A second option for the mount’s hair and antlers is to lightly dampen a soft cotton cloth with a household cleaner and wipe off the dust and cobwebs.

Clean the deer eyes with a cotton swab dampened with glass cleaner, being careful not to touch any painted surfaces around the eye.

For deer antlers mounted on a plaque, periodically paint the skull cap with white acrylic paint, wipe the dust off the antlers, and touch up the plaque with stain.

Reproduction Fish Mounts

Anglers have an alternative to having their trophy fish mounted, if they practice catch and release, and don’t want to kill their catch. A reproduction fish made from gel coat fiberglass looks so realistic only your taxidermist will know it’s not the fish you caught.

Take several photos of the fish and make a couple of quick measurements, its length and girth width, before the fish is released alive. This information will help your taxidermist create a reproduction that’s a copy of your trophy fish, in size and coloration.

A mounted largemouth bass (Photo courtesy Marine Creations Taxidermy)

Reproduction fish mounts are very lifelike. You can see the growth rings on the scales. If there’s a weakness, it’s the lack of detail in the fish’s gills and mouthparts.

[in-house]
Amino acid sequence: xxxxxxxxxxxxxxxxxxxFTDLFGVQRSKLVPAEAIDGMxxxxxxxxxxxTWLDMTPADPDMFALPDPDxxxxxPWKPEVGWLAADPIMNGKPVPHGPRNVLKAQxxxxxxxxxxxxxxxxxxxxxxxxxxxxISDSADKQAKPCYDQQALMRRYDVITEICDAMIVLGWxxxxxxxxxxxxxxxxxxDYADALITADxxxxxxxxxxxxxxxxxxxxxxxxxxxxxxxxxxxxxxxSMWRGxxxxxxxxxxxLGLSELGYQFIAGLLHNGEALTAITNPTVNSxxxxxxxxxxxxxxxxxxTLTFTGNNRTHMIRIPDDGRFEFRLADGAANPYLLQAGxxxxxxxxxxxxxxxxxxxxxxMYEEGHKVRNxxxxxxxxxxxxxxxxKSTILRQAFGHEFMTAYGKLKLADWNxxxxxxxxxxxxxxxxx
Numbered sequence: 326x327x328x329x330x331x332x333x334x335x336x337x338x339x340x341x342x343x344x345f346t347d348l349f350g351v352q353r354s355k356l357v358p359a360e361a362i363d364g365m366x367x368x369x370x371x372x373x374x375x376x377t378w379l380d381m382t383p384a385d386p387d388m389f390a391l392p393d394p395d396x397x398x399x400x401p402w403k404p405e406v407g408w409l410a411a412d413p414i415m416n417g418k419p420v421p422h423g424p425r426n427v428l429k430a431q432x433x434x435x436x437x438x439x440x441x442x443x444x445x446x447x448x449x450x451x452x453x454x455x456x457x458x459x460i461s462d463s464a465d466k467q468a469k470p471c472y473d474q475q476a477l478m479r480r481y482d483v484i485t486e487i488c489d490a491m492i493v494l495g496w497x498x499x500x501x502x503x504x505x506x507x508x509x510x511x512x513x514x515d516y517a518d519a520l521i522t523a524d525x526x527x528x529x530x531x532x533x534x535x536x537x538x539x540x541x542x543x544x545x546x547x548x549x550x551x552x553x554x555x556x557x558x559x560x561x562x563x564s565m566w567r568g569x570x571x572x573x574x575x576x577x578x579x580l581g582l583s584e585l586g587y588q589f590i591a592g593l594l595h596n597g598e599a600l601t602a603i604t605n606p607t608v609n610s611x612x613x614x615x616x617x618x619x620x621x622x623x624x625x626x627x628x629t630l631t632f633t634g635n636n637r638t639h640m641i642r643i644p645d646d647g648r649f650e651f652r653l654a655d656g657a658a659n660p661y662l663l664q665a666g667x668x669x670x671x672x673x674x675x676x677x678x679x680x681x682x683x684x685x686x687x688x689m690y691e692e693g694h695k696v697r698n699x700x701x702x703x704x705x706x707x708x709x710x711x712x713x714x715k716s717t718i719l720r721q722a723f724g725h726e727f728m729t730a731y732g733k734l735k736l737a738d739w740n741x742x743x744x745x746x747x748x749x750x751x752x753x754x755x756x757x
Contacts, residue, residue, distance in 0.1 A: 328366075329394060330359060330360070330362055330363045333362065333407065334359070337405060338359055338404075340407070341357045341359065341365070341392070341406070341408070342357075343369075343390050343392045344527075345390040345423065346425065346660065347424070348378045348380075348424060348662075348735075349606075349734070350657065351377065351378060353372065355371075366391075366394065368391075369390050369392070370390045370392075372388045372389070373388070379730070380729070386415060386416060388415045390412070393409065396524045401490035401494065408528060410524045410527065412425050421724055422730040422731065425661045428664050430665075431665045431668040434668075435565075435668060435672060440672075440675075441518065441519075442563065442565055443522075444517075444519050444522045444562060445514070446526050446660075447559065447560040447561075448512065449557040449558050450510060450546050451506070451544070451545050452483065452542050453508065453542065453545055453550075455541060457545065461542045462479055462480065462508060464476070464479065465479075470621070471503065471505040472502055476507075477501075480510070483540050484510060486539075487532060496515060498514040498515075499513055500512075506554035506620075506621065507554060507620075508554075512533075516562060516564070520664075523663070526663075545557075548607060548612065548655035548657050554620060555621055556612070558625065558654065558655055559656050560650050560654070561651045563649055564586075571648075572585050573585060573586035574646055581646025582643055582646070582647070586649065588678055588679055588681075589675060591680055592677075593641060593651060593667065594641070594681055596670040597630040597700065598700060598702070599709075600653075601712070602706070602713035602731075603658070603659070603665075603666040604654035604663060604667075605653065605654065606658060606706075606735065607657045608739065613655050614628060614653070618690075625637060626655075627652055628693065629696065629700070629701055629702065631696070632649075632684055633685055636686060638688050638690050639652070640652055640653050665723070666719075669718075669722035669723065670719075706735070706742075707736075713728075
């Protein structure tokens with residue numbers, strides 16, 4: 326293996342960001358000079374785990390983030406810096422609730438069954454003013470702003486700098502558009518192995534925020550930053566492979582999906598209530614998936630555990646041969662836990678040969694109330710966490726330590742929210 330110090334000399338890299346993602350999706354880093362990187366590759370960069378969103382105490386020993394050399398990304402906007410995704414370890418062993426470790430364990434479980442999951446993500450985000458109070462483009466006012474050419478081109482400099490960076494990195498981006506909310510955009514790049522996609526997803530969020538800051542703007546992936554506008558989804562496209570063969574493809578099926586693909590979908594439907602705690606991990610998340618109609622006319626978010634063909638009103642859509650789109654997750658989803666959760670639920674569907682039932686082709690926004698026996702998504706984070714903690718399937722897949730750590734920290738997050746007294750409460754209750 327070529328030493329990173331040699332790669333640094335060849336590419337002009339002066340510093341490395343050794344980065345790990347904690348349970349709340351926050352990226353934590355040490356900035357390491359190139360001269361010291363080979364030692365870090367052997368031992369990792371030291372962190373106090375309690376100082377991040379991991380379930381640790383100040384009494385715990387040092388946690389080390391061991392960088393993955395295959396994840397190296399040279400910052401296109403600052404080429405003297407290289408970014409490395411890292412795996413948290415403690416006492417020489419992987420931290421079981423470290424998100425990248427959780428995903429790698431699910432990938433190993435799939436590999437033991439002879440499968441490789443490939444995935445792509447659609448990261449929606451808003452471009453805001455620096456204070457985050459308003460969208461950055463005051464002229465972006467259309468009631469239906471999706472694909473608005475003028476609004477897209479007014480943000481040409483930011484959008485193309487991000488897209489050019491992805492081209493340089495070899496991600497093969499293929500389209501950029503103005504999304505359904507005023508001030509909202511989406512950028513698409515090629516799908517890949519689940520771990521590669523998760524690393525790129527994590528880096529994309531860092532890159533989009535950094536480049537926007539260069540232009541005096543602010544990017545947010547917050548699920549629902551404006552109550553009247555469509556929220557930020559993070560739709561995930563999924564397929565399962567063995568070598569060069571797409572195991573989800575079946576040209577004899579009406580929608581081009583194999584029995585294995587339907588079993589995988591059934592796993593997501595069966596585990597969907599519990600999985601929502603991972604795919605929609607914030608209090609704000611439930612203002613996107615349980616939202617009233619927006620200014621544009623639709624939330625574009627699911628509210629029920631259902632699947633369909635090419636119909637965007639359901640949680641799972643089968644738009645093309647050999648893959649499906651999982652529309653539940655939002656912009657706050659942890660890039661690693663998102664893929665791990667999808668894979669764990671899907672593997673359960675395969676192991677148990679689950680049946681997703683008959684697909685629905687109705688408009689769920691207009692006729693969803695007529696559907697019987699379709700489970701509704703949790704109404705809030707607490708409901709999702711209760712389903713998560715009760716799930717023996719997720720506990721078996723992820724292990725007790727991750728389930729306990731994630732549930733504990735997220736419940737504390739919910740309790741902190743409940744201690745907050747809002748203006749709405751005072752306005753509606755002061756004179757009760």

The reproduction fish is made from a mixture of silicone and graphite. Every detail will be faithfully reproduced on the blank and the taxidermist will paint your fish reproduction mount based on your photo.

Another reason for having a reproduction made is there are potential problems with some fish species when they are mounted by conventional methods. Large trout don’t mount well because their skin is too thick and oily. If the oil can’t be neutralized, the mount will decay over time.

Reproduction fish mounts cost more than conventional mounts but are of much better quality. They will last longer and look better for a longer time.

Fish and wildlife mounts are an important part of our celebration of the outdoors and praise for the wonders of nature.

Every time we look at them we are reminded of happy days afield, when waterfowl were flying the backwater, that big buck appeared through the fog, or you set the hook on a fish of a lifetime.